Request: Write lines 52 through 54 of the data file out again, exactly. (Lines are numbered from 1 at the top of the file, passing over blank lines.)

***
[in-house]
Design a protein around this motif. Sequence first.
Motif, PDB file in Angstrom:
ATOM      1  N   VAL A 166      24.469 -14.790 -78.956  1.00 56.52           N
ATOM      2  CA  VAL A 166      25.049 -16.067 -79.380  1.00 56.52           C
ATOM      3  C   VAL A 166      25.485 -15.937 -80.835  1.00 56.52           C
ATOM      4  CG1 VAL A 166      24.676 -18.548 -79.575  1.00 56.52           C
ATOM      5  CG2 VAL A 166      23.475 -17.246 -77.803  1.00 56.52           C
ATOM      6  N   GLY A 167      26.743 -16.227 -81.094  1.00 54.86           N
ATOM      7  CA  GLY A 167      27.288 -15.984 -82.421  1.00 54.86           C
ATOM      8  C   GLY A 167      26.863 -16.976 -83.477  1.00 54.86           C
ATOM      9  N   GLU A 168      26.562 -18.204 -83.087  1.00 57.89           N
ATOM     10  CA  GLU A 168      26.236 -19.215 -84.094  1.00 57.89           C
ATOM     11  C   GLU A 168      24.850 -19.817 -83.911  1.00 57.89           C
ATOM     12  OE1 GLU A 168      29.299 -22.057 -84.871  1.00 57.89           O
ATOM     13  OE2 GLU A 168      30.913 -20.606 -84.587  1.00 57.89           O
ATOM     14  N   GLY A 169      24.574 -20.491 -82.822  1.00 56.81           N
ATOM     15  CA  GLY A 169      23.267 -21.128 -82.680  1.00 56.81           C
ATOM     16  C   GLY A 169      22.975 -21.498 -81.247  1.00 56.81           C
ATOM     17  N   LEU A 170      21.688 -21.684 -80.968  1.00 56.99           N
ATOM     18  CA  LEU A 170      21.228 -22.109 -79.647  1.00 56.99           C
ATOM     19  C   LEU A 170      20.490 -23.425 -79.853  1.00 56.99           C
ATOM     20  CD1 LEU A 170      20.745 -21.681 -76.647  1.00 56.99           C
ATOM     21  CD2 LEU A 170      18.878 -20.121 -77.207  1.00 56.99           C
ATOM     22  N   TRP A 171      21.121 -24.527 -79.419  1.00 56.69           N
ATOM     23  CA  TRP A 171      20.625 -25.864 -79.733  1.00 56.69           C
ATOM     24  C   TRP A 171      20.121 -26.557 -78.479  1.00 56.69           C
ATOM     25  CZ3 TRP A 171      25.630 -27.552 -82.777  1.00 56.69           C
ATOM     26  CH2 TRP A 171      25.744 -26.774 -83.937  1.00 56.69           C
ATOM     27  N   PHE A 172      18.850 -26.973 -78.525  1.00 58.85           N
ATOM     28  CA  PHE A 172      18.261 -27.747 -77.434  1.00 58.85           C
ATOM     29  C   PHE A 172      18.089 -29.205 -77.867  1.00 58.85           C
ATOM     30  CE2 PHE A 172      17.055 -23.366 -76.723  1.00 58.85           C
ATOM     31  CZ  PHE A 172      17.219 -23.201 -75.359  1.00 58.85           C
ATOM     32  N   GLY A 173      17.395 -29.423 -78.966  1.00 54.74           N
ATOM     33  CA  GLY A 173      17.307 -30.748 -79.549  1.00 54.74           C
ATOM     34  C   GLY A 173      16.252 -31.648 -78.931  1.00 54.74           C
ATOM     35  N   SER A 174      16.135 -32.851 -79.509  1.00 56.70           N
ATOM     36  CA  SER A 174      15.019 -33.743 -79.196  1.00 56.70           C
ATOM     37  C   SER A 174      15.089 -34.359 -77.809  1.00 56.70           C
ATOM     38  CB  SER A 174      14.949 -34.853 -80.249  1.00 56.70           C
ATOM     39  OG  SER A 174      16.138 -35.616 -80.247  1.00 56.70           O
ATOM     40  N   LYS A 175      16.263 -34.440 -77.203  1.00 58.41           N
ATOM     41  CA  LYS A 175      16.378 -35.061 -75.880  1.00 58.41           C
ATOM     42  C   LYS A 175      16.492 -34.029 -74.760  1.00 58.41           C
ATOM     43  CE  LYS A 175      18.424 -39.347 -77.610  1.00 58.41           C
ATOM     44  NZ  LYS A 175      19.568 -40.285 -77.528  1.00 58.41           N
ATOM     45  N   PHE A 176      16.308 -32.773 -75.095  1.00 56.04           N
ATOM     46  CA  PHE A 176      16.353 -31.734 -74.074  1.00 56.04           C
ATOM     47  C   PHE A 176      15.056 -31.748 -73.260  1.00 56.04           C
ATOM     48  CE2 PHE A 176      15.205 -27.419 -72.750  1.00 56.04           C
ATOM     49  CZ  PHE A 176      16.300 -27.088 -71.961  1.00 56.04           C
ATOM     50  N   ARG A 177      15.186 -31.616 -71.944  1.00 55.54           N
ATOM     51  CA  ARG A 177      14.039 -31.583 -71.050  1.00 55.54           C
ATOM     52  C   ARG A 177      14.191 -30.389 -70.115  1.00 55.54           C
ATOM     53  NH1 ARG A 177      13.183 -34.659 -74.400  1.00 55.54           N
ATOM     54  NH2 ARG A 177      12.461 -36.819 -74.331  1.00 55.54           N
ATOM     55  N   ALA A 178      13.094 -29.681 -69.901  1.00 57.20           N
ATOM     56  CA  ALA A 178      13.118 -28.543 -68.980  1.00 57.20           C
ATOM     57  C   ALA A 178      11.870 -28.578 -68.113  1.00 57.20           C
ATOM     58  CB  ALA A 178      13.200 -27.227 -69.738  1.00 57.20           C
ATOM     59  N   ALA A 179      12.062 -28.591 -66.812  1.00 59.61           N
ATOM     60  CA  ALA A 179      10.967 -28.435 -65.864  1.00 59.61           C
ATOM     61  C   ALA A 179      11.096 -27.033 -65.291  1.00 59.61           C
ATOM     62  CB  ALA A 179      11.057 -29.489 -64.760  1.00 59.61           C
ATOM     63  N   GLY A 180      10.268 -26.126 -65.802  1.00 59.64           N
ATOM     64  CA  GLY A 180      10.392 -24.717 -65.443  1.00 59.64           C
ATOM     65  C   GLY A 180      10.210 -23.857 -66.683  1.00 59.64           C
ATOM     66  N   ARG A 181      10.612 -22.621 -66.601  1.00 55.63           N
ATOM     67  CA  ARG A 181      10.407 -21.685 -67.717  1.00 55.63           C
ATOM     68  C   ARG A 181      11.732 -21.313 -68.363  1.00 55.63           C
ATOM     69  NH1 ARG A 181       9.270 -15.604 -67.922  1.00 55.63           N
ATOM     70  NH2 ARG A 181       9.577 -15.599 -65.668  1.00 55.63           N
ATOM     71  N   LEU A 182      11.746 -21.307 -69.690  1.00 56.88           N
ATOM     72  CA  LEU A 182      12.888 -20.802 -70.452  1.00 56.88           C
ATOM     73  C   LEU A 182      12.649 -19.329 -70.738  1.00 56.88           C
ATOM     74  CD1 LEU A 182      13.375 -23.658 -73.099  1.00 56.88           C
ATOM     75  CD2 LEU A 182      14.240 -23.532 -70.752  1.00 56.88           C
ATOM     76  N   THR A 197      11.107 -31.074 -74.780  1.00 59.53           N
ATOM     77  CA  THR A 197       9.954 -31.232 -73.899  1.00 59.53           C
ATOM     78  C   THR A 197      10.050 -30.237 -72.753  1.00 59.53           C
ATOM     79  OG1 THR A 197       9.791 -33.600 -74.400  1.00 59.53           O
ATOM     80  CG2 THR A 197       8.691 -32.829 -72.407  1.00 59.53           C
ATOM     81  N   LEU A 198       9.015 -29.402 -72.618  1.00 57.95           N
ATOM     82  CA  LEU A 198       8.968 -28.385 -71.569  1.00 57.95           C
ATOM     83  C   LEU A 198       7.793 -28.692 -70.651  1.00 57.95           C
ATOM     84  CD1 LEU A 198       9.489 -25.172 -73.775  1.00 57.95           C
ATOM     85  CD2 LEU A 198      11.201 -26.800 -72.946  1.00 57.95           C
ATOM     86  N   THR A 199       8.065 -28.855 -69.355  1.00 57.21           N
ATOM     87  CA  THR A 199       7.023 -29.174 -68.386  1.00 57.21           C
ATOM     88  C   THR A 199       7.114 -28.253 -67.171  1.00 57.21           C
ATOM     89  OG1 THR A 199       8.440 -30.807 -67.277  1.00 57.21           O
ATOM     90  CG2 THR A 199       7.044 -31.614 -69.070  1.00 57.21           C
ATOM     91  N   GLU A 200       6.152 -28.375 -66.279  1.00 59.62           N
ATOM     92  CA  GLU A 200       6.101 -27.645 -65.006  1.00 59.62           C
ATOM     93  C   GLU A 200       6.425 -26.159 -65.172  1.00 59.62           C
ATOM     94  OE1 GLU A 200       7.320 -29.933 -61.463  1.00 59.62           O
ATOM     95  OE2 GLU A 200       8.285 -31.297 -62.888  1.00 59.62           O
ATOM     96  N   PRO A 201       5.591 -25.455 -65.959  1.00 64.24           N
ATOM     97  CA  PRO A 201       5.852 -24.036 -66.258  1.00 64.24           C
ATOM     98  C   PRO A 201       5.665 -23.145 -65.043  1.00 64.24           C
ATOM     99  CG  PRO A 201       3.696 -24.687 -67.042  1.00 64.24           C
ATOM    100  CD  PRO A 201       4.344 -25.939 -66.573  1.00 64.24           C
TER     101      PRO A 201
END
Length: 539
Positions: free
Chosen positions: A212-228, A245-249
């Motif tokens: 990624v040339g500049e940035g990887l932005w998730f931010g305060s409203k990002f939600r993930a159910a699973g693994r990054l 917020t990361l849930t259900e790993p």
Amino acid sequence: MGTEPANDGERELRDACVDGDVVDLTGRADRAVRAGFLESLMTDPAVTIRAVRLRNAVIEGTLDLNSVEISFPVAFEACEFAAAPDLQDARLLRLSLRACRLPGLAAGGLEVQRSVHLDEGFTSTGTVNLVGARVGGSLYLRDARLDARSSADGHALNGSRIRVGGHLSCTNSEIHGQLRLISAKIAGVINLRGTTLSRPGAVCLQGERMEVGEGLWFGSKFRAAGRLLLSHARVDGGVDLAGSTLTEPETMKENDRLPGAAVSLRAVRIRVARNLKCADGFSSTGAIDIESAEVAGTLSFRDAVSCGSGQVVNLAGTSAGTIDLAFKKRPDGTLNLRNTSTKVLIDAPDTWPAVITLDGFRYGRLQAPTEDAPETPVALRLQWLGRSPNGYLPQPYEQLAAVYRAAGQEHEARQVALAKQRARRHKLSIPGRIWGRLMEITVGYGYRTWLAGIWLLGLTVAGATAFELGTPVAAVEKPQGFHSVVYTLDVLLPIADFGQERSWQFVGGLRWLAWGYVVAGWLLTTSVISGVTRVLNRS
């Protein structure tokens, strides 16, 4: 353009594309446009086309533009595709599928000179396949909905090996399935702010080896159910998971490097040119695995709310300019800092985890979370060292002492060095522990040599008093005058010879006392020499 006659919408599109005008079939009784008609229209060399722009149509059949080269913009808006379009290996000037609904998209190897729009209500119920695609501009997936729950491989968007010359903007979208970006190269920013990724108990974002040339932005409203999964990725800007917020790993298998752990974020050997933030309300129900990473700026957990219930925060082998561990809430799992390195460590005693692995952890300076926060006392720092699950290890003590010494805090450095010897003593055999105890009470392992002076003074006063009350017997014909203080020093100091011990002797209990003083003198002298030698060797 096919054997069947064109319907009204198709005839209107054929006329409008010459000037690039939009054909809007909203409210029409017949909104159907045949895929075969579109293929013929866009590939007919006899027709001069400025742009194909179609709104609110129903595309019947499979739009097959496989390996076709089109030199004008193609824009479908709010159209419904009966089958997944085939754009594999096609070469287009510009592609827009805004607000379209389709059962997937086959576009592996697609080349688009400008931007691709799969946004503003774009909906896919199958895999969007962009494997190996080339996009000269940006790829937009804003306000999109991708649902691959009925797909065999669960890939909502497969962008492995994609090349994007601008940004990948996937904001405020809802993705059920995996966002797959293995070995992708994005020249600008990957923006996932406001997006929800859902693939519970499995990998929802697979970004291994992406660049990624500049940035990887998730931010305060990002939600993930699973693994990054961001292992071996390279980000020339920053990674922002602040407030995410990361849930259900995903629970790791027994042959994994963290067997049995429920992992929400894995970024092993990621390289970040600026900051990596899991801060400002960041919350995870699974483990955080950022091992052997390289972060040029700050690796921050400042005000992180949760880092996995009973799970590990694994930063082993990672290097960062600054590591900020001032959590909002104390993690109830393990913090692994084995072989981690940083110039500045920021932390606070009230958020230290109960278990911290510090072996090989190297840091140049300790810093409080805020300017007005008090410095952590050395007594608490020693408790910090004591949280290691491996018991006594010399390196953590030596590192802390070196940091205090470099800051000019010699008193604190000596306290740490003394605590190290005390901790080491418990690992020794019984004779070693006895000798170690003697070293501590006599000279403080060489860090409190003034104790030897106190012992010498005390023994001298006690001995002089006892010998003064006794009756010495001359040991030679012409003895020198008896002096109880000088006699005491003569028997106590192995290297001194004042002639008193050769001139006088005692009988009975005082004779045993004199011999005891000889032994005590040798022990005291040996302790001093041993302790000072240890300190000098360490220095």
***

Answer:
ATOM     49  CZ  PHE A 176      16.300 -27.088 -71.961  1.00 56.04           C
ATOM     50  N   ARG A 177      15.186 -31.616 -71.944  1.00 55.54           N
ATOM     51  CA  ARG A 177      14.039 -31.583 -71.050  1.00 55.54           C